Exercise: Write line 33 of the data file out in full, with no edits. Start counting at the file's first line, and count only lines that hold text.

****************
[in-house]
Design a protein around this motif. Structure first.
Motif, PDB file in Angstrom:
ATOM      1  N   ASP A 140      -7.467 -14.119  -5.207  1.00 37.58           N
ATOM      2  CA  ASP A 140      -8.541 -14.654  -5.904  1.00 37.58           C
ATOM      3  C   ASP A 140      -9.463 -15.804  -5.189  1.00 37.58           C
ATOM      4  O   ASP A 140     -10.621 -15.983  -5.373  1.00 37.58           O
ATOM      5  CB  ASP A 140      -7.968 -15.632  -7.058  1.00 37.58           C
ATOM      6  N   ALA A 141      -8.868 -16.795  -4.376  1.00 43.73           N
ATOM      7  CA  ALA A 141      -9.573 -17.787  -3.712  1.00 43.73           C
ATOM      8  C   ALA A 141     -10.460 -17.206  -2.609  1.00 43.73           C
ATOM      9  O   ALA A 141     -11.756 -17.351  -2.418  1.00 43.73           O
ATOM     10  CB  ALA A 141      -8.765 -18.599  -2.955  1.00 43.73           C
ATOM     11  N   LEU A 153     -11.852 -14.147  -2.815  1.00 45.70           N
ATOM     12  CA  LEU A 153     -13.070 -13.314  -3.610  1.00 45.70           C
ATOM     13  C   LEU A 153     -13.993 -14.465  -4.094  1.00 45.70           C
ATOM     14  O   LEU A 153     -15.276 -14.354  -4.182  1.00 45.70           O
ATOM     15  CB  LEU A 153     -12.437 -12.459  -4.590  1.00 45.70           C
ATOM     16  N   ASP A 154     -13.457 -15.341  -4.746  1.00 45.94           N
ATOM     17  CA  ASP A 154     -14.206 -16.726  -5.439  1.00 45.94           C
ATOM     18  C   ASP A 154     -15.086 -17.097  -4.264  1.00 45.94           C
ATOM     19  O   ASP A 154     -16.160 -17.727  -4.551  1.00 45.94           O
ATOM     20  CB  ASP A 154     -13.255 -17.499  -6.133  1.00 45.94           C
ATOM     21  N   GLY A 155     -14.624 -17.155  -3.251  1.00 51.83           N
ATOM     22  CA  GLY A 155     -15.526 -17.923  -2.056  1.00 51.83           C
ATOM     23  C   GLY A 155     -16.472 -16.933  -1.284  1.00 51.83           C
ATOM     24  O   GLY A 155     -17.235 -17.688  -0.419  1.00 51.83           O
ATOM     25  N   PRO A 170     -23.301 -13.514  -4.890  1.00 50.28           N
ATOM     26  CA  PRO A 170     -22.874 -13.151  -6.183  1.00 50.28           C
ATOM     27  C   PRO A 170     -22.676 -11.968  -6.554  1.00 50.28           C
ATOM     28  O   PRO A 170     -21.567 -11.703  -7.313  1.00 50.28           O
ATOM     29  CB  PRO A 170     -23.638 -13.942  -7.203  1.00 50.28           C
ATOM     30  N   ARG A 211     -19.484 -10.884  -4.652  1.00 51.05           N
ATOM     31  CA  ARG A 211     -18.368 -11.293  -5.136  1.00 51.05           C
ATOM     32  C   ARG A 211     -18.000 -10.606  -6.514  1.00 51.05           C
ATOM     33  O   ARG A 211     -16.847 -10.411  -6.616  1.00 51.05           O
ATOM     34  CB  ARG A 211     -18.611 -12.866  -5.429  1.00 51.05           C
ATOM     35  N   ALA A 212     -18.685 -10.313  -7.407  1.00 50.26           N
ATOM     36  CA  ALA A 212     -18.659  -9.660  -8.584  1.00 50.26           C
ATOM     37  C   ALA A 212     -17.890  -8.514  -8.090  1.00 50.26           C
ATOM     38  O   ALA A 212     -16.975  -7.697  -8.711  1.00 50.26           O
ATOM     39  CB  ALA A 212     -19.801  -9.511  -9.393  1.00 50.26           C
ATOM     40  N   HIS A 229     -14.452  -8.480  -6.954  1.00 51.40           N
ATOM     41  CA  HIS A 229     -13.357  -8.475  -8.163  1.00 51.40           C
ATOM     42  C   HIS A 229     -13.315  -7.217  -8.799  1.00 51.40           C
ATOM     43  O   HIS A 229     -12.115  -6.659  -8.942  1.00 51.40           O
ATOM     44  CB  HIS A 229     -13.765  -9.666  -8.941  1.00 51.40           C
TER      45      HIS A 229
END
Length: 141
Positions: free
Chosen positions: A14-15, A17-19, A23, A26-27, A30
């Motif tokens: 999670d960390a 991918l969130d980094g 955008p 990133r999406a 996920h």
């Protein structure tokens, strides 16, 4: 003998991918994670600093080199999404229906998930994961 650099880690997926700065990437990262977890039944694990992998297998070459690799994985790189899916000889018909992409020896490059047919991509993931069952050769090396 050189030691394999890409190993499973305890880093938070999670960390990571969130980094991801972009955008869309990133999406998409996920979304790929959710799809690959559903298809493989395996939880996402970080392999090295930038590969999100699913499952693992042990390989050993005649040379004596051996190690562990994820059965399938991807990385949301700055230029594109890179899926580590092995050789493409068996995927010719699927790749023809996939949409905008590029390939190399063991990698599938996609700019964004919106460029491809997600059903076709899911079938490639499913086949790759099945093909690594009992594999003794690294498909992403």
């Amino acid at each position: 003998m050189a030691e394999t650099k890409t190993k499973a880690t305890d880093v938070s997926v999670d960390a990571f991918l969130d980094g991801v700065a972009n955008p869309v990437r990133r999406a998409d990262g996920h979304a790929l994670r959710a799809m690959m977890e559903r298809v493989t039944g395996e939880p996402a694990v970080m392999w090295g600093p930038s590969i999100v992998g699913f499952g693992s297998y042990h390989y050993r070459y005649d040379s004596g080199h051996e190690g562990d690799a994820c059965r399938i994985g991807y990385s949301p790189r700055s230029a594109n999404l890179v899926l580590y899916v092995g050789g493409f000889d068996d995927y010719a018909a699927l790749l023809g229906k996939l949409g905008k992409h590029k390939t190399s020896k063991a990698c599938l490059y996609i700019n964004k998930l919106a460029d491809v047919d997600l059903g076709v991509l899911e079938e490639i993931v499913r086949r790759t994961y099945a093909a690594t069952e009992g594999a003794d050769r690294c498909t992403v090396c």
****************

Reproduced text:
ATOM     30  N   ARG A 211     -19.484 -10.884  -4.652  1.00 51.05           N